With a 21-win season and staying in the hunt for an NCAA tournament bid to the end of the season, the Penn State men’s hockey team had by far its best year in 2015-16.
There is no more sneaking up on opponents.
“With this team, you come into the season more optimistic than the last,” junior forward James Robinson said. “Obviously we’ve made a lot of noise in the nation these last couple years, and especially last year posting a 20-win season, that’s no easy task to accomplish. We’re not trying to equal what we did last year, we’re trying to improve every year.”
Even with major departures and a large freshman class, the Nittany Lions are aiming to continue their trajectory toward becoming a national power.
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“I think the bar is set pretty high because of those two factors coming together,” coach Guy Gadowsky said of the injection of youth combined with the experience of last season. “But I think the guys in the locker room understand that. It’s a challenge. We’ve improved every year. This would take an absolute phenomenal performance all year round, consistent performance, to exceed what was done last year.”
The challenge begins at 7 p.m. Thursday, when No. 16 St. Lawrence visits Pegula Ice Arena to begin a two-game series.
After seeing minimal graduation losses the previous three seasons in the first foray into the world of Division-I hockey, Penn State was hit much harder this past offseason, when eight ex-Lions signed professional contracts. Many of the departures were part of the foundation of the program, such as David Glen and Tommy Olczyk.
In their place are a dozen newcomers, including 10 freshmen, and there is a feeling the team has added a strong class that will blend in right away.
“I know we lost a lot of guys,” sophomore forward Andrew Sturtz said. “… The 10 (freshmen) we brought in, they’re unbelievable guys and they fit right in with the culture as guys on the ice and off the ice.”
A number of the newcomers come in with strong reputations, including the first two Russians on the roster in Nikita Pavlychev and Denis Smirnov. Both played youth hockey in Wilkes-Barre to get on Gadowsky’s radar, and the 6-foot-7 Pavlychev was a 2015 seventh-round draft pick of the Pittsburgh Penguins.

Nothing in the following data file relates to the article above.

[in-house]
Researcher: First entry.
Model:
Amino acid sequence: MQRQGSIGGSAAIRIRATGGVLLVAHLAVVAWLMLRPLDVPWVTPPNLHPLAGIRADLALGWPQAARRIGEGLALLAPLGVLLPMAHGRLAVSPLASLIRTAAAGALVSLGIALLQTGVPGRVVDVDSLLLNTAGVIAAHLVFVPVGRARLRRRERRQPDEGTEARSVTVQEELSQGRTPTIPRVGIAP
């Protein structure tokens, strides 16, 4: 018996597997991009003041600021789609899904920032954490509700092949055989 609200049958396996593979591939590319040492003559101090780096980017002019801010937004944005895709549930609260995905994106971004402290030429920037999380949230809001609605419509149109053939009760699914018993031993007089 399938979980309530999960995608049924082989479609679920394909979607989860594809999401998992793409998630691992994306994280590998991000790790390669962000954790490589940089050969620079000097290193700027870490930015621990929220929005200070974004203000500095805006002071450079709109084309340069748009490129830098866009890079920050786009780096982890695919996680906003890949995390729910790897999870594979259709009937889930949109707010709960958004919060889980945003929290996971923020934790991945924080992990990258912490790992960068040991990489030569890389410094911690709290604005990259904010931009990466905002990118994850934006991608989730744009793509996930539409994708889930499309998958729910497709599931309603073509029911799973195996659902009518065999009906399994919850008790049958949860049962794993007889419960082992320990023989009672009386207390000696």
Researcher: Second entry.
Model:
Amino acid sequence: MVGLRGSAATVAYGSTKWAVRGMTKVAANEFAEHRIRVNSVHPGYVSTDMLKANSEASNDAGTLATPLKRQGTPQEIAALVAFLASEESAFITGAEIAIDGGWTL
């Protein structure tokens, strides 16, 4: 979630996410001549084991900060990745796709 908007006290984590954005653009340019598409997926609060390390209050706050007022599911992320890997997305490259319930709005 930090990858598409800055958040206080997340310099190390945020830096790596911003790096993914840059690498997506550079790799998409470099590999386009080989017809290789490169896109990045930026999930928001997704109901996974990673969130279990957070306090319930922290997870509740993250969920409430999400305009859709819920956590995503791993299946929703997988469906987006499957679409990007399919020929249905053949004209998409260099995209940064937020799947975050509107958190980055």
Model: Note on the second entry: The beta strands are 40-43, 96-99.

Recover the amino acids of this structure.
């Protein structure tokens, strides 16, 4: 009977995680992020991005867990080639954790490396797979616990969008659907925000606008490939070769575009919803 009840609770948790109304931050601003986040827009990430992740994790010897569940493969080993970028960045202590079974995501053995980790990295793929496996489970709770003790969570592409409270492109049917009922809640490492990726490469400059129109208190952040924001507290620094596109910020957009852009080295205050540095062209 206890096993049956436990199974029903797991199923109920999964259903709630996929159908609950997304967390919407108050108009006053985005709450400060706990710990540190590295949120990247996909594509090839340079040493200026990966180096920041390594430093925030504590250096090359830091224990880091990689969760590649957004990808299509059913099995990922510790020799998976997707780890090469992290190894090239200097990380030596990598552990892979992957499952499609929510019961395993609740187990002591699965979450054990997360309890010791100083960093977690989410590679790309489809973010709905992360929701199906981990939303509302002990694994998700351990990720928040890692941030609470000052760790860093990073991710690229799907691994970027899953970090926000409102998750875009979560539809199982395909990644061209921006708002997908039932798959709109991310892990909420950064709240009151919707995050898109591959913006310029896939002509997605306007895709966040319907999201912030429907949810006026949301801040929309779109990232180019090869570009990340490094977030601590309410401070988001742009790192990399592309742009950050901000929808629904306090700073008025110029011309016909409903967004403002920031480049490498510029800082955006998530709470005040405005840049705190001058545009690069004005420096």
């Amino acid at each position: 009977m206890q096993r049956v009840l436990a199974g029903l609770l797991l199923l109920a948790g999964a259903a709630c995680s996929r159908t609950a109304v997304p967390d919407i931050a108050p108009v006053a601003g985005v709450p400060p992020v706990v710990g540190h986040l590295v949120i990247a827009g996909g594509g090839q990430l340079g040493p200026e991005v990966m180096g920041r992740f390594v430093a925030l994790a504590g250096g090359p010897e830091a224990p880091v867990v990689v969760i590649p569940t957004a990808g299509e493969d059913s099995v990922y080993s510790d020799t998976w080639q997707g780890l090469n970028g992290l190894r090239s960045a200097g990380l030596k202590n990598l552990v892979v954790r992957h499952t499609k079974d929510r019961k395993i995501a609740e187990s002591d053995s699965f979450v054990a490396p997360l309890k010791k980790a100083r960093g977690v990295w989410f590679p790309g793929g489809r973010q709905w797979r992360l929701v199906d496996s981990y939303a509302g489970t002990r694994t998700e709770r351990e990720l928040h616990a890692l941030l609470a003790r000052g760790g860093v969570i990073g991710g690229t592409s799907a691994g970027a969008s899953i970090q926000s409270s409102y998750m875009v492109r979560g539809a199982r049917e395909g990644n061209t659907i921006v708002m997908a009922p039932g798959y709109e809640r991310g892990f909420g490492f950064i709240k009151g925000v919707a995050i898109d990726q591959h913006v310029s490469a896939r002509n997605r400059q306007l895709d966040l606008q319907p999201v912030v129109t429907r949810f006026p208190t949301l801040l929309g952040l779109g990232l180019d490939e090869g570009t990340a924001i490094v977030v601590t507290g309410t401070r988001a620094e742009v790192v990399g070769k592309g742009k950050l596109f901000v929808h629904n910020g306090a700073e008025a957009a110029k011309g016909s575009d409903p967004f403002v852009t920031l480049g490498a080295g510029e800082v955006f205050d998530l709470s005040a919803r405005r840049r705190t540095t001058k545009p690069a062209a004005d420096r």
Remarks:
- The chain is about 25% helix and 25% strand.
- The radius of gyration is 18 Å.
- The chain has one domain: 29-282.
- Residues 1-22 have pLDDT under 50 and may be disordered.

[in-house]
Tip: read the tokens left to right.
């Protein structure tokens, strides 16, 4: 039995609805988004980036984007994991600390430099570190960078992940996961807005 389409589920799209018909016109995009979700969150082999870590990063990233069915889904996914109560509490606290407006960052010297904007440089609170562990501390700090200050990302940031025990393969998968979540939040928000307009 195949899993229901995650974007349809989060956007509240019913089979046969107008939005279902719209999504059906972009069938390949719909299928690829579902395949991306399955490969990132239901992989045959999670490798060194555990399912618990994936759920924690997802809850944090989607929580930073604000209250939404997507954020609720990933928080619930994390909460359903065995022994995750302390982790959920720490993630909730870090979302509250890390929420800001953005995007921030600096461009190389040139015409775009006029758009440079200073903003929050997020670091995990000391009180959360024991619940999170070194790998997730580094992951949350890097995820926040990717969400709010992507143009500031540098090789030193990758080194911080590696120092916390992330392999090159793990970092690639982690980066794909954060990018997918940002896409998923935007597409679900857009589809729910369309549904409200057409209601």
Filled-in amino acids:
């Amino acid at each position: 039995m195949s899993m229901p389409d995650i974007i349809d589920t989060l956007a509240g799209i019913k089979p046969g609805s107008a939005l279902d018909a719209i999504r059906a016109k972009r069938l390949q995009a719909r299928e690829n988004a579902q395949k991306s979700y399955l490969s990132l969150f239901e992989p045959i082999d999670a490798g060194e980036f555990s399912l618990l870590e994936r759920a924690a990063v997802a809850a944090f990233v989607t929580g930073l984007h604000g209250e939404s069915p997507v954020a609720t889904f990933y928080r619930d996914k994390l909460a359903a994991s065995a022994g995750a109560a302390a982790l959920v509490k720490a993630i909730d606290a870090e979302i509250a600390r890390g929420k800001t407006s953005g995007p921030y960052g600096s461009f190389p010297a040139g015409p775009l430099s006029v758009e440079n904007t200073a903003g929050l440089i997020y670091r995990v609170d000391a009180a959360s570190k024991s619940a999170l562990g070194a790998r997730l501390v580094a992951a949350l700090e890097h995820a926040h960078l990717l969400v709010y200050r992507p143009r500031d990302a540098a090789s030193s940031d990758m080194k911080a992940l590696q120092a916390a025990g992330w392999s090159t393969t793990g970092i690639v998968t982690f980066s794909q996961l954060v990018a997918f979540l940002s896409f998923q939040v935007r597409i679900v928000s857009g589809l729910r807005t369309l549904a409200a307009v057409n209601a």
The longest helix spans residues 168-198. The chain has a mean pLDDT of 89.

“They’re all really fast,” senior forward Ricky DeRosa said of the freshman class. “They just seem to be far along, developed, in their hockey senses. They just all seem to be grasping our systems very well, very quick.”
A brief breakdown of the positions:
Losses in net
The Nittany Lions were hurt the most from last season from losses in net. Matthew Skoff graduated, which was expected, but Eamon McAdam left a year early for the NHL’s New York Islanders.
The plan was for McAdam to be the main man this season, freshman Peyton Jones to apprentice and get a little time, and Chris Funkey to round out the position.
Instead, Jones gets the start Thursday night and Funkey will battle for more time.
Rounding out the crew for emergency needs is Matt Erlichman, who spent last season with the Icers club program
The team has perhaps the best depth it has ever seen among the blue-liners. Kevin Kerr, Erik Autio, Vince Pedrie and David Thompson all return, and are joined by three freshmen. Also hopping into the lineup is junior Trevor Hamilton, who returns to college after playing in the USHL and was at Miami, Ohio, during the 2014-15 season.
“We’ve got a good group back there,” Pedrie said. “I think you’ll see a well-rounded defensive corps.”
If there’s one thing the Nittany Lions know how to do, it’s shoot the puck and score. Penn State led the nation in shot attempts last season (41.6 per game), and tied for sixth in goals per game (3.7). Led by double-digit goal-scorers Sturtz (18), Chase Berger (13) and David Goodwin (11), there is still plenty in the arsenal to go with the freshmen who will have to make up for the graduation losses.
“You never really know where it’s going to come,” Gadowsky said. “We’re going to be optimistic that they will have great offensive years as well. But I think we’re equally about the freshmen coming in.”
Penn State was much better at the offensive end than the defensive end last season, ranking 46th out of 60 programs in goals allowed per game (3.21), but in Gadowsky’s mind, a good offense that controls the puck will cut down on the chances opponents will have to score.
“We are a program that does like to score and we play that way,” Gadowsky said. “We try not to sacrifice defense because of that. … It’s not that you want to neglect defense, but sometimes you have to give something back somewhere. But it’s something you want to address and get better and better.”
Much to the pleasure of their sold-out crowds each night, the Nittany Lions are hoping to fill the net and meet, and maybe even exceed, expectations again. They can’t wait to get started.
“It’s a long time coming,” Goodwin said. “The guys are really, really pumped.”